I wonder, given your participation in a number of proceedings like this, juror questioning, juror selection. What we can expect to see in the coming

days and what kind of questions will be asked of them?

WEINSTEIN: Well, Jim, I think it's a good idea to bring people in individually, not only what you just mentioned, but also to prevent one

juror from giving an answer that taints the rest of the pool. I think what we're going to see from this point forward are questions about these

jurors, their backgrounds and quite frankly, their ability to put all of that aside.

And honestly, tell the judge and the lawyers that they can focus only on the evidence they hear in the courtroom, and that they will agree to follow

the law, whether they agree with the law or not.

SCIUTTO: Five hundred potential jurors per day. It's a remarkably large juror pool for any trial, and I've been called a jury duty, I'm sure some

of the folks watching have as well. You call far more jurors than you need. But for this one, it's a remarkable number because they know that

prosecutors and defense attorneys will be eliminating more than they might in a particular trial, given the defendants sitting on the stand.

How long do you expect it to take to get through all those potential jurors and arrive at that number that the 12 plus the six alternates that will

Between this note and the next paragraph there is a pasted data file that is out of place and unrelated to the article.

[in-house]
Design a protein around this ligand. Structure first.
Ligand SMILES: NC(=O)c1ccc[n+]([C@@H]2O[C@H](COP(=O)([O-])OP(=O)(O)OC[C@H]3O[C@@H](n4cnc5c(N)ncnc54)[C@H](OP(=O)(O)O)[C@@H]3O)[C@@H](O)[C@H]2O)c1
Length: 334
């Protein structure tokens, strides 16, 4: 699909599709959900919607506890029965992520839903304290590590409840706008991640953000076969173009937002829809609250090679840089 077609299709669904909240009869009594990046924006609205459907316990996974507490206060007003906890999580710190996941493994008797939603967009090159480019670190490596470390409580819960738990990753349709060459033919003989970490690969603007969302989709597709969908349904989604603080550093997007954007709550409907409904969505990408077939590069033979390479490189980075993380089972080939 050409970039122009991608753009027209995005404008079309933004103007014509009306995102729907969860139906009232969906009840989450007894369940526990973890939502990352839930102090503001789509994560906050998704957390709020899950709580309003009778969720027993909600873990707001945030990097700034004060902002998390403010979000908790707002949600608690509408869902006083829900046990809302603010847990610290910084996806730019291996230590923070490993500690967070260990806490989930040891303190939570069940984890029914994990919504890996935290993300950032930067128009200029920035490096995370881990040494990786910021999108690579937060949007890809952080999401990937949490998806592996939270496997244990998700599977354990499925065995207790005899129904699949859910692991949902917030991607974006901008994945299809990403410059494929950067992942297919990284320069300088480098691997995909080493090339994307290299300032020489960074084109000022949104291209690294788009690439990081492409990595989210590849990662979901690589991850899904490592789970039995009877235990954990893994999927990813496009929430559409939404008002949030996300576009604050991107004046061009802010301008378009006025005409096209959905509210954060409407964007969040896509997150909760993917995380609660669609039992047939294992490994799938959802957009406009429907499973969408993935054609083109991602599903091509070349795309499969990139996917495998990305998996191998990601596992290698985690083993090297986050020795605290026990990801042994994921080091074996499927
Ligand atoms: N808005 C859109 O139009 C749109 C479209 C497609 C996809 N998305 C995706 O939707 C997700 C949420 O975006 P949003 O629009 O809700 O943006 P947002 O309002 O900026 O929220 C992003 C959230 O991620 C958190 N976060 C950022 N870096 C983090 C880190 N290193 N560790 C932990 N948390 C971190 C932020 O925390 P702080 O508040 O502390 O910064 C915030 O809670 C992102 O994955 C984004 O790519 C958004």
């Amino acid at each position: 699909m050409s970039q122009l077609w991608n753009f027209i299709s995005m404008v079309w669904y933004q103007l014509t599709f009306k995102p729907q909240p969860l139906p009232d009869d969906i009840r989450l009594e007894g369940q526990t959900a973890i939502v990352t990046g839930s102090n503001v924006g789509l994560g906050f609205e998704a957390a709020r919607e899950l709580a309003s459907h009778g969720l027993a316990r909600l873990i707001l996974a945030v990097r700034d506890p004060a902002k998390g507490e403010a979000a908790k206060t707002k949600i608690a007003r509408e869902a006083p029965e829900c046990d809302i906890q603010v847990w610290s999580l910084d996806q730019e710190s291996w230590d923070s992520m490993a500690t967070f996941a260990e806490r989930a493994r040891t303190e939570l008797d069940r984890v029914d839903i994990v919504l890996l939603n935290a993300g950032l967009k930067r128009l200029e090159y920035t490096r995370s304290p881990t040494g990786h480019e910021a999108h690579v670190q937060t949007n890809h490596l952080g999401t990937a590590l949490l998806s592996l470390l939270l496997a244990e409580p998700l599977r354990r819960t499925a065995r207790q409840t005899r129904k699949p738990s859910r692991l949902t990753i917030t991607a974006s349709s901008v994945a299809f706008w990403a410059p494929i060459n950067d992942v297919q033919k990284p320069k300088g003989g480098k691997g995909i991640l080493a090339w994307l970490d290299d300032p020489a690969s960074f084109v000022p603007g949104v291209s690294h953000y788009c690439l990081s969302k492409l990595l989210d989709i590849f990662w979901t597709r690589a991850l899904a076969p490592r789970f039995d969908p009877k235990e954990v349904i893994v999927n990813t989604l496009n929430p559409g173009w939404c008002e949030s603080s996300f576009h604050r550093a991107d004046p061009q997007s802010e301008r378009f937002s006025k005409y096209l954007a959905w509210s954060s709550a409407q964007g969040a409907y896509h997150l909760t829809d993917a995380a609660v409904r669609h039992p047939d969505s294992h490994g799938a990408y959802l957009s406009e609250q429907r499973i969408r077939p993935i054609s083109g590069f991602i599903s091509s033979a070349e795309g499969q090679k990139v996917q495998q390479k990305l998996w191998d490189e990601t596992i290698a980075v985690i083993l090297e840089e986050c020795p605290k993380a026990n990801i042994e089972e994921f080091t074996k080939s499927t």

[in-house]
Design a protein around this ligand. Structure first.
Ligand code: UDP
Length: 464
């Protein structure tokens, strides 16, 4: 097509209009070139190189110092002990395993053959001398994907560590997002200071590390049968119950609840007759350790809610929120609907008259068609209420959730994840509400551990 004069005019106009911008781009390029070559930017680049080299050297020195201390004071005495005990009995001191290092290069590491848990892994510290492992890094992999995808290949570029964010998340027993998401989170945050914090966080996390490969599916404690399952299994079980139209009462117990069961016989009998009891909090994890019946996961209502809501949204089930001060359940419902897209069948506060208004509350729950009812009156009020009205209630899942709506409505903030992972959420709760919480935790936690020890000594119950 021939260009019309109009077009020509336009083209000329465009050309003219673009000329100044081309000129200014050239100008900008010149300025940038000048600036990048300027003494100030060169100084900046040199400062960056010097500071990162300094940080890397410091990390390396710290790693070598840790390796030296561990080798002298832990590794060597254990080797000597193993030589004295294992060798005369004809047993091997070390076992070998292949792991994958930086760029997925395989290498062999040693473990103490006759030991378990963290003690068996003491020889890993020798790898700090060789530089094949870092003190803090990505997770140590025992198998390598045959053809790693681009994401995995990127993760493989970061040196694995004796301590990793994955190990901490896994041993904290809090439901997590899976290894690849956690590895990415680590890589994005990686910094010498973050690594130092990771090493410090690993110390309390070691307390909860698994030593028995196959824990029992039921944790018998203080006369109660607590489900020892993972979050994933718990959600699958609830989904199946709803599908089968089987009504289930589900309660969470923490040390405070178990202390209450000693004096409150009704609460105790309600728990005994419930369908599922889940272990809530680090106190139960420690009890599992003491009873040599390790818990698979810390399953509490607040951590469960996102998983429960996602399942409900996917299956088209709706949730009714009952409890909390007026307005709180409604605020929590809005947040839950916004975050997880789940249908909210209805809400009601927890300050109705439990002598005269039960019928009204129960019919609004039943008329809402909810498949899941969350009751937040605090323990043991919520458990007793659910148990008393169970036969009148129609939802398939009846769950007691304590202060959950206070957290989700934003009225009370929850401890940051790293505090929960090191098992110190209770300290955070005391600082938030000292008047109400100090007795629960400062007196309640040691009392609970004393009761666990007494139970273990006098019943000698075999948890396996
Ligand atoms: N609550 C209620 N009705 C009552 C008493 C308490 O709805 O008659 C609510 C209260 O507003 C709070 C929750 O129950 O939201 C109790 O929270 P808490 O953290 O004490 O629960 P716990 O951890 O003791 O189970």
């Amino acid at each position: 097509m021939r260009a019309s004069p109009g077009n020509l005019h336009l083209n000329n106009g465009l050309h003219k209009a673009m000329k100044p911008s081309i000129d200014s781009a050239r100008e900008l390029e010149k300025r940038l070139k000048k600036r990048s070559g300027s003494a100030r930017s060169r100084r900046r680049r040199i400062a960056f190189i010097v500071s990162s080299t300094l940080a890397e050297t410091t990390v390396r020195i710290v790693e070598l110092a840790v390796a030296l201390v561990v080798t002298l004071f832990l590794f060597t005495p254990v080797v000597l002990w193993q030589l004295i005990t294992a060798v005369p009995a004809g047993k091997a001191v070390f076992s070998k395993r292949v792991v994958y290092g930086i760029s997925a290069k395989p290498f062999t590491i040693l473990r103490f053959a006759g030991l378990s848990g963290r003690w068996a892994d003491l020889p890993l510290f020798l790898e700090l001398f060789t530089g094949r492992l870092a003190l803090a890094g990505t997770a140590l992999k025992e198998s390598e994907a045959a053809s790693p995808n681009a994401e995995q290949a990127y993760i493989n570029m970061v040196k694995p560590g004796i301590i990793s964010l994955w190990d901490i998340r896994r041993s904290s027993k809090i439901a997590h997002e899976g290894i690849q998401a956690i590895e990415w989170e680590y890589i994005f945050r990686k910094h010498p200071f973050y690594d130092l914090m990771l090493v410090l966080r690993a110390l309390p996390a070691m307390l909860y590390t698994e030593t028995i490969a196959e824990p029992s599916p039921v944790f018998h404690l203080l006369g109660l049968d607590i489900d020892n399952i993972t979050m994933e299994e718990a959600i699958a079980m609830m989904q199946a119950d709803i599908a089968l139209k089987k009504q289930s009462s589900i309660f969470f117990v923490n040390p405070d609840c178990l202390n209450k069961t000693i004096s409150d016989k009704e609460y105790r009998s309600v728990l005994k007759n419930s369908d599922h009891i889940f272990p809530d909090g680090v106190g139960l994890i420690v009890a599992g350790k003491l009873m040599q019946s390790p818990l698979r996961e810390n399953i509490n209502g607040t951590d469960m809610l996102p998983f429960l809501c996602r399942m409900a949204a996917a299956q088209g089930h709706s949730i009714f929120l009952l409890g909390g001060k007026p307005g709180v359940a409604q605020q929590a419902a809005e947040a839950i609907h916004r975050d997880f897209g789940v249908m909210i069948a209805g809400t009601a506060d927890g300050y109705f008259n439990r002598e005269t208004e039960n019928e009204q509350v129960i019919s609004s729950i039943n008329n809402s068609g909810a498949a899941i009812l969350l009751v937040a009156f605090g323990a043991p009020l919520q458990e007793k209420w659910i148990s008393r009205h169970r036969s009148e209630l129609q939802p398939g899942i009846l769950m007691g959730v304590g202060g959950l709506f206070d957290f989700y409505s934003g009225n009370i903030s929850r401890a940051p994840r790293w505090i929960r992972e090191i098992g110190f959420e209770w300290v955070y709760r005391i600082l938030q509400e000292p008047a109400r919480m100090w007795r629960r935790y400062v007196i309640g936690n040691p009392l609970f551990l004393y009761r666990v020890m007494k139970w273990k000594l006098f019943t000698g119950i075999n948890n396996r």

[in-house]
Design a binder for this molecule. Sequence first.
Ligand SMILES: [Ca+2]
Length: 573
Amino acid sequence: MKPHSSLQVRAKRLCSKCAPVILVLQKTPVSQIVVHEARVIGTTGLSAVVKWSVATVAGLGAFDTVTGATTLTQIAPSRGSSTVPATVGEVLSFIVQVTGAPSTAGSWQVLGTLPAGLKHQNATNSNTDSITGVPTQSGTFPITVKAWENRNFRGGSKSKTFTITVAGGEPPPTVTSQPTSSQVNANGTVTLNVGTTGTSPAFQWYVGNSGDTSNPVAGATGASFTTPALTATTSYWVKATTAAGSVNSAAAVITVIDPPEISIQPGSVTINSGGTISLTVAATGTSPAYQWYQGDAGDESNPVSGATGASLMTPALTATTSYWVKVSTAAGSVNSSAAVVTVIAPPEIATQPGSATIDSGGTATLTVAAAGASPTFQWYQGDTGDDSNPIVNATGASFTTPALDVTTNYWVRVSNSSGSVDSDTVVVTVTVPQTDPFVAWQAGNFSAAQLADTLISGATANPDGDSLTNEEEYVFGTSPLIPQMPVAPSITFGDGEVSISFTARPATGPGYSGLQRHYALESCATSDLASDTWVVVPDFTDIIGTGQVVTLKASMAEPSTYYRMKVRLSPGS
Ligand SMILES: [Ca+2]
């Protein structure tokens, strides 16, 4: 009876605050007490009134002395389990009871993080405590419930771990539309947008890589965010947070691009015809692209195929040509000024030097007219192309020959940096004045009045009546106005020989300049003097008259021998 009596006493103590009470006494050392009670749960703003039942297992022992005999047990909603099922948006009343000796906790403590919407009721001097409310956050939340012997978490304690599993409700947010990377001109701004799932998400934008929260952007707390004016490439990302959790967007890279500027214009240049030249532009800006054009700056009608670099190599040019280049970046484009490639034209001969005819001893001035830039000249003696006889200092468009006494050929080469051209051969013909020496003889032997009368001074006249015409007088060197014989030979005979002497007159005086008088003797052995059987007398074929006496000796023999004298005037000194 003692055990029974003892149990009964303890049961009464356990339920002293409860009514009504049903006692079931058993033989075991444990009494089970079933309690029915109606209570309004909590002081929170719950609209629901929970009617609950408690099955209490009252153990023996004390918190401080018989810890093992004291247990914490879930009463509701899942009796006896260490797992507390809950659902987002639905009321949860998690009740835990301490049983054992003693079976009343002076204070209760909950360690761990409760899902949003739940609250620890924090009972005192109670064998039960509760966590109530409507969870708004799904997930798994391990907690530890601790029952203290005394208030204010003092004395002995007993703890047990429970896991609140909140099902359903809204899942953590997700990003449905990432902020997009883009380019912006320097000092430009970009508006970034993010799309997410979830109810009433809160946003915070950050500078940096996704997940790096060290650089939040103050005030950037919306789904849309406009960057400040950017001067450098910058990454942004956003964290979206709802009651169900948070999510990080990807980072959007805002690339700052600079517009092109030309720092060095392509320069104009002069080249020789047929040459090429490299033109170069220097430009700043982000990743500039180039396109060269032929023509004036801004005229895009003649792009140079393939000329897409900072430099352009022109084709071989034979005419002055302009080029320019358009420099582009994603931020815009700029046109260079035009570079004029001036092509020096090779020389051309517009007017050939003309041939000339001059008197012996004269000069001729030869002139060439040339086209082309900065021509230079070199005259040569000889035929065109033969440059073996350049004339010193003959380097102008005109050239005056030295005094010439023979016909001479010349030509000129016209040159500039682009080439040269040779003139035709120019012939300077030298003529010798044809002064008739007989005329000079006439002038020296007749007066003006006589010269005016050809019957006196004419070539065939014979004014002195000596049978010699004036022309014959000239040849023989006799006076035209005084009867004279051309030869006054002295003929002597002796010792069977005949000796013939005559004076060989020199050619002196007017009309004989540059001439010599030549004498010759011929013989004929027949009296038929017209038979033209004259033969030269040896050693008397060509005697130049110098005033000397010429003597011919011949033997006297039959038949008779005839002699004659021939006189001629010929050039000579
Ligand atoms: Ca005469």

eventually sit in judgment of the former president.

WEINSTEIN: Well, Jim, now that we're doing it one at a time, it's going to take at least one, if not two weeks. At some point, they'll whittle this

pool down and get themselves, a number that they can start perhaps collectively, questioning jurors.

So, it's going to take time, not only again, because there can't be a person who's never heard of (INAUDIBLE). But I have to believe people have

formed opinions, and we need them, certainly, people who are participating in a trial to be honest about those opinions and their ability to put them


SCIUTTO: This case is certainly historic. We've never seen a former U.S. President on criminal trial who by the way, happens to be running for

president again. But the fact is, U.S. courts have tried politicians before, they've tried famous people before who are well-known to the jury


It is unique, but it's not entirely unprecedented for defense lawyers, judges and prosecutors to face a trial like this in which they have to ask

folks questions about someone that they might have strong opinions about. I suppose my question to you is, how unusual is this or is this a kind of

question that perhaps on a smaller scale, courts have had to deal with before?

WEINSTEIN: Jim, I think it's a question that they've had to deal with a lot before. Remember, in a small town, the defense and every participant in

that courtroom was well-known to everybody. So, it's not unusual. What's unusual here is not only the notoriety that the defense has and the

defendant has, but his outspokenness and seemingly his continuation of stoking the flames of what's being said about him outside the courtroom.

That's what's making this one a little bit more unusual than any other case where people have heard about defendants -- look at cases in New York all